London Grime Thrives on 'Boxed Vol. 1,' and More Dance Tracks of the Week

Plus J&L, Abdulla Rashim, Physical Therapy, and Norman Nodge take techno to psychedelic extremes

Boxed Vol. 1 London grime
Various, 'Boxed Vol. 1'
Philip Sherburne WRITTEN BY
Philip Sherburne

Various, Boxed Vol. 1 (Boxed London)
Boxed Vol. 1 is a free compilation put together to celebrate the first anniversary of the roving London grime night of the same name, but it doubles as a mile-marker for the renaissance of instrumental grime itself. The brittle, bleepy style has made a powerful resurgence in the past few years, with artists like Slackk, Logos, Mumdance, and Murlo leading a much bigger pack best known to London insiders, and Boxed Vol. 1 suggests that we should all be paying much more attention. (Granted, that's not always easy, given the genre's proclivity for exclusive dubs and jealously guarded VIP mixes.)

One of the big takeaways is how much the new wave of grime has moved along from the signatures established over a decade ago with tunes like Musical Mob's "Pulse X" and Wiley's "Eskimo." Slackk's "West of Rome" is a neo-classical synth-string prelude that tips its hat to John Williams and Ennio Morricone; Dullah Beatz' "Mayfair" harnesses bulbous horn stabs for a chest-puffing response to TNGHT; and Prince Lazio's "Go On & Hit It," William Skeng's "Visit Me," and Finn's "My My" are snapping, spacious reworks of R&B hits that recall Chicago footwork in its loopy, appropriative spirit, if not its rhythmic signature.

But there are plenty of classic grime hallmarks too: The twinkling video-game bleeps of Logos' "Cloudbursting," the melting bass vamps of Strict Face's "Saigon Figure," the icy rimshots and wrong-footed twists of Trends' "Catchphrase," the hollow-point squarewave melody of Murlo's "DayBreak." The way they cleave to their sources feels a little bit like entering the uncanny valley, but that sense of cognitive displacement is entirely appropriate for a music that's all about feeling queasy. Nowhere is that more apparent than in Mr. Mitch's chopped-and-screwed edit of "California Girls," which sounds like the product of an evening spent with a broken turntable, a whirly tube, and a bad batch of Dramamine. (Download the whole compilation here.)

Physical Therapy, Million Years Crushed EP (Allergy Season)
It's getting increasingly hard to figure out what, exactly, Physical Therapy does — gonzo rave? Two-tabs-of-acid house? Happy horsecore? — but that just makes the New Jersey producer more interesting to watch as he develops. What has become apparent across the handful of EPs that he's released so far is that he favors classic tropes (sampled chord stabs, acid squiggle, 808s, breakbeats) and fucked-up mindstates; it sounds as if he's trying to replicate that moment that occurs in a club, whether through chemicals or blood-sugar levels or plain-old happenstance, when whatever the DJ's playing at that moment sounds like the most mind-bendingly immediate and nerve-janglingly visceral thing you have ever heard. Sometimes he's willing to go pretty far out to do that: "Val E of the Dolls" is a 135-BPM breakbeat track that scans as twice the speed, a relentless walloping of staccato vocal samples and eighth-note kick drums that still manages to be almost kind of soothing; heard at the right hour and volume, it's the kind of structure you could crawl inside. "American Cream," another of the B-side cuts on this, his second release on his own Allergy Season label, is almost the opposite: a chillout-tempo cut that wears an armor of clangy metallic percussion and diamond-tipped vocal samples, and that somehow gets you to a very similar place.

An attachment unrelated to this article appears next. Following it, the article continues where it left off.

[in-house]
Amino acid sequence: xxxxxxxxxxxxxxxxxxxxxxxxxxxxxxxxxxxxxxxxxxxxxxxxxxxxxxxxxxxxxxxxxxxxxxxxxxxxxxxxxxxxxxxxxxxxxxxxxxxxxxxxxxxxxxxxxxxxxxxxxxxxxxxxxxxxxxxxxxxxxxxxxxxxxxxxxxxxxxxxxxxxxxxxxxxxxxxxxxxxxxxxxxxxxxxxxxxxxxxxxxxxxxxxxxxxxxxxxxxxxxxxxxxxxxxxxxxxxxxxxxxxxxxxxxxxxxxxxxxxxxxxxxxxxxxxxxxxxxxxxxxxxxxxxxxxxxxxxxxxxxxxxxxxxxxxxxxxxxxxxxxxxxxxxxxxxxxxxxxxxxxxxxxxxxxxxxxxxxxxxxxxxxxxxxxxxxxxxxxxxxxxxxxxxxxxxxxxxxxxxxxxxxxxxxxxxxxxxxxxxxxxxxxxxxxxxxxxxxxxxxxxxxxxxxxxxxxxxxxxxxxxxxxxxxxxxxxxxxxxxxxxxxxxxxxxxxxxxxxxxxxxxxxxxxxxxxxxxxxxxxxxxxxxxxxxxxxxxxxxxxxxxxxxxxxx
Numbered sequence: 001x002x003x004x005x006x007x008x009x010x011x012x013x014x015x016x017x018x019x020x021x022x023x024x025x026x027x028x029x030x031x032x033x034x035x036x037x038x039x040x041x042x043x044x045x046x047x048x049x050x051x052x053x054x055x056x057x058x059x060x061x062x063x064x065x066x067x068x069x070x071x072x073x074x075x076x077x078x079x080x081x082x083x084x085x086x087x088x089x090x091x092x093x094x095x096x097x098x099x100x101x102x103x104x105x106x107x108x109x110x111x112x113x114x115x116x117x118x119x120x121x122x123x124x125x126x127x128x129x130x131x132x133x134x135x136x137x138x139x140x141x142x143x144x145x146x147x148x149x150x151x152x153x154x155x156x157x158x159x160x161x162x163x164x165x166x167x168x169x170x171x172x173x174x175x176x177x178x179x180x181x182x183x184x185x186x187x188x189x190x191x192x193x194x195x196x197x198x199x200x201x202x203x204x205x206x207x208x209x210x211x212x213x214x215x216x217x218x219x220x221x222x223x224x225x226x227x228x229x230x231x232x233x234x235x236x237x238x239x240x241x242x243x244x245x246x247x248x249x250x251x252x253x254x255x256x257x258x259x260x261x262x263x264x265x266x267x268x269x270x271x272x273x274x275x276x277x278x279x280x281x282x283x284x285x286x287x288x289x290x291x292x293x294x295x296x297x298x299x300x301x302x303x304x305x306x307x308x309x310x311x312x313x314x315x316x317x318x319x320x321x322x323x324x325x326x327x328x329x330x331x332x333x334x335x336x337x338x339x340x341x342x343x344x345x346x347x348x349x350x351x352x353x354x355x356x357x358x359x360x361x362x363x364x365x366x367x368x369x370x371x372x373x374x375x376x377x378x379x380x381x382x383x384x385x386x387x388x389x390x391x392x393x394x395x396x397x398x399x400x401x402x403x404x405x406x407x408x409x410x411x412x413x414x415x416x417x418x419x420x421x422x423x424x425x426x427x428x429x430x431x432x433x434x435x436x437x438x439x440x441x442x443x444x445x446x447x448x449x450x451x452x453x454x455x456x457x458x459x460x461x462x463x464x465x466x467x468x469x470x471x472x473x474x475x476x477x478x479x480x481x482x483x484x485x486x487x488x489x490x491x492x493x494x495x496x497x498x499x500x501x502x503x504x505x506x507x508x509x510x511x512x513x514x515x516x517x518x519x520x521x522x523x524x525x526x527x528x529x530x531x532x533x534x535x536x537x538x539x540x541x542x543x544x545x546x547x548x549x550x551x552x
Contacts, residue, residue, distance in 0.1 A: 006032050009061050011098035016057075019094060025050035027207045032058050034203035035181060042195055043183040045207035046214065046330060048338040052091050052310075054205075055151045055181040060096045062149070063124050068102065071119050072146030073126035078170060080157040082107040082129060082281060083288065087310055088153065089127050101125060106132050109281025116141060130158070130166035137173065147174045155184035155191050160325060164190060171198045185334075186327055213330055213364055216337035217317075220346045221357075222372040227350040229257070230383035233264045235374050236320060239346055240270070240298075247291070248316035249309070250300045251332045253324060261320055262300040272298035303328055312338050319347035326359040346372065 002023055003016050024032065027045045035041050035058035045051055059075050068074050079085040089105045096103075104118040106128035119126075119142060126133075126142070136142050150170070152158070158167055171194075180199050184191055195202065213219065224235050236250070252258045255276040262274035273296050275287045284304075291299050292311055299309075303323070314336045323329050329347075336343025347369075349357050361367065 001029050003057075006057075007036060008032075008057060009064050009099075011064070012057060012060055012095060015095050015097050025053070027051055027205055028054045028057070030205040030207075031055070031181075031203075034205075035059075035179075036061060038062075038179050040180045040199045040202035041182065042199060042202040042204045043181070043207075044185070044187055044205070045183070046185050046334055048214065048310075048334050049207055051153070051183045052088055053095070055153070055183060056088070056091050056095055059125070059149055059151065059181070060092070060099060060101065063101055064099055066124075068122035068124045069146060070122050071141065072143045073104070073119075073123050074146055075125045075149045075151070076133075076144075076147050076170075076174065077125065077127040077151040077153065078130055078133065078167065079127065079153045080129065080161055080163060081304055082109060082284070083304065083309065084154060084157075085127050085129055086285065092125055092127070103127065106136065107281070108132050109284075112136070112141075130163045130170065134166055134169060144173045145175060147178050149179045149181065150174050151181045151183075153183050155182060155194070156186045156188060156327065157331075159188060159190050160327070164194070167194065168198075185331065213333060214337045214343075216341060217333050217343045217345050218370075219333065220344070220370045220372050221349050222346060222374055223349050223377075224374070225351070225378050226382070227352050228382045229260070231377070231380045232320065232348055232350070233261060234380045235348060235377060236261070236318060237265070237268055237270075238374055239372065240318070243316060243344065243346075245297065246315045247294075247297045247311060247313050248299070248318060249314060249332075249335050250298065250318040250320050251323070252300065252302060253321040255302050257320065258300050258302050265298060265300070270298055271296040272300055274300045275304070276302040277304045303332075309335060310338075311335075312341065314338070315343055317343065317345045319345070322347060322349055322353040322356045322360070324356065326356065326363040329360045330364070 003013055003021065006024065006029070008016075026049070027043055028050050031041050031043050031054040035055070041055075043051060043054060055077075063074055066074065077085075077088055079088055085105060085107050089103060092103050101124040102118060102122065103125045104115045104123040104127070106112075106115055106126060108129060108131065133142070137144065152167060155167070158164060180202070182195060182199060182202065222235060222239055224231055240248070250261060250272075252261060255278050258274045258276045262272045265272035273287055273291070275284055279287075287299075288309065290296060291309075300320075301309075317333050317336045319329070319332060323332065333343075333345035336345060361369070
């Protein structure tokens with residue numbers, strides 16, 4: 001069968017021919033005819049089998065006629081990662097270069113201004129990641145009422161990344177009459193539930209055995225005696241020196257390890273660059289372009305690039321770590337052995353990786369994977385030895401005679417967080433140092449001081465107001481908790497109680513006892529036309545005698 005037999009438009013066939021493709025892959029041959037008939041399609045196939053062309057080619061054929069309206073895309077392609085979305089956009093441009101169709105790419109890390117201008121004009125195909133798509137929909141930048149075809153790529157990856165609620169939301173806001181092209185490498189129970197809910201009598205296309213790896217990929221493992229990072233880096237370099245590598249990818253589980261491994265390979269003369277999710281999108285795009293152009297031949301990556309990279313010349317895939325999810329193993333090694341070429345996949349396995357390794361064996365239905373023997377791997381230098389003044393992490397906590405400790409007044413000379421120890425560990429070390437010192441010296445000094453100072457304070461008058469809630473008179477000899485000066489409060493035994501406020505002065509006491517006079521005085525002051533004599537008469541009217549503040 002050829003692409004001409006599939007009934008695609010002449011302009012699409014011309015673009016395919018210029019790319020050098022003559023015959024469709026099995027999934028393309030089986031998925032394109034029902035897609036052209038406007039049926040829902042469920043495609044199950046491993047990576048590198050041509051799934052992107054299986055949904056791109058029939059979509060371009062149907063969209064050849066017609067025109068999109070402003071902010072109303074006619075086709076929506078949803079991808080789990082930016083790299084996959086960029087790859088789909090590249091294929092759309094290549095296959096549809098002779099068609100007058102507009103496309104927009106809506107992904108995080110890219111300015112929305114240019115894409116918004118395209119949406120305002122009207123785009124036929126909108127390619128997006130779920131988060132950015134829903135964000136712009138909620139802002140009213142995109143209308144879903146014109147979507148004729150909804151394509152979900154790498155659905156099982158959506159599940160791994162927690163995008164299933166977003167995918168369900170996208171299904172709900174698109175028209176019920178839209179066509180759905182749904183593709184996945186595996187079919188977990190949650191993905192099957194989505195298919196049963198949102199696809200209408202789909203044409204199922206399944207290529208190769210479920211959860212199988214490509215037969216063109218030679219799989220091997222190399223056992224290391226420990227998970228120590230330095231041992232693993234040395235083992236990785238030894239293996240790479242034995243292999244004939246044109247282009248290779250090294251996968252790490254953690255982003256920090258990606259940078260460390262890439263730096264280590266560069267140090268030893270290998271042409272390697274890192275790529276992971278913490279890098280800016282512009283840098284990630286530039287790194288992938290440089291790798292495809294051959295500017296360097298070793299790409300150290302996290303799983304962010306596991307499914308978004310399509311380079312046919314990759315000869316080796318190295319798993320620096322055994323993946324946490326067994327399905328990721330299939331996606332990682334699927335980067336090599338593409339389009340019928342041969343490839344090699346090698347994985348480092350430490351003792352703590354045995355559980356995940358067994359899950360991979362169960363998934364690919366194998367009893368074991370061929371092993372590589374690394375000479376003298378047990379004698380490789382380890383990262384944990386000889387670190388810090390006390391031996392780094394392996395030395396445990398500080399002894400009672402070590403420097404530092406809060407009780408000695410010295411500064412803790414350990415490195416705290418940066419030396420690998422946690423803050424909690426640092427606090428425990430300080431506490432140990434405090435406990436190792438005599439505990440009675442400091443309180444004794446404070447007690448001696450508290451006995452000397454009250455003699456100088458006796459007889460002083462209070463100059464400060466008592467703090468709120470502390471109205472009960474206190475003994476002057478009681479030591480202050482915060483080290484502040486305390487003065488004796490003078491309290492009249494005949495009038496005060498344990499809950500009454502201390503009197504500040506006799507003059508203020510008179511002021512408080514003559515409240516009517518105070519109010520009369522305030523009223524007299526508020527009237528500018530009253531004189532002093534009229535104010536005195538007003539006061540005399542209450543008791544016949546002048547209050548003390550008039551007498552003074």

But with the title track, he proves that simple can do the trick, too. Its interpretation of cavernous warehouse techno might be the most anonymous-sounding thing he's done, but its careful balance of textures and hues elevates it above the generic, as does the effortless way it unfolds. And since Norman Nodge's name is pretty much synonymous with cavernous warehouse techno, it's a treat to see him taking on the remix, which he delivers in fine fashion. Bass like a shredded speaker cone, filtered dub delay crisscrossing from here to there, a reassuring glow beneath the grit — it sounds like a whisper run through a particle accelerator that's hooked up to a maxed-out set of Funktion Ones.

J&L, Ramanaya Chant (ESHU)
"Save the Planet," the A-side of a new EP from the Dutch duo J&L (ESHU co-founder Jocelyn Abell and Tom Liem), feels less like a song than an Alexander Calder mobile. Its primary components are tentative, pitter-pat drums and a lone, syncopated bass tone; they do little but spin slowly in place, bathed in rosy light, for nearly 11 minutes, telescoping eternity into the blink of an eye. "Ramayana Chant" is similarly minimalist and similarly sculptural; its bass tone sounds like a slack rubber band, and its arrays of interlocking loops bring to mind Institut Für Feinmotorik. Abdulla Rashim, the most linear artist in dance music, is the perfect person to remix them. His "Ramayana Planet" remix presumably pulls elements from both tracks, but who knows; drawing dubbed-out snares into rippling 16th-note patterns and unfurling great, gauzy chords overhead, it sounds mostly like his own, intensely focused work. Techno doesn't come much more hypnotic.

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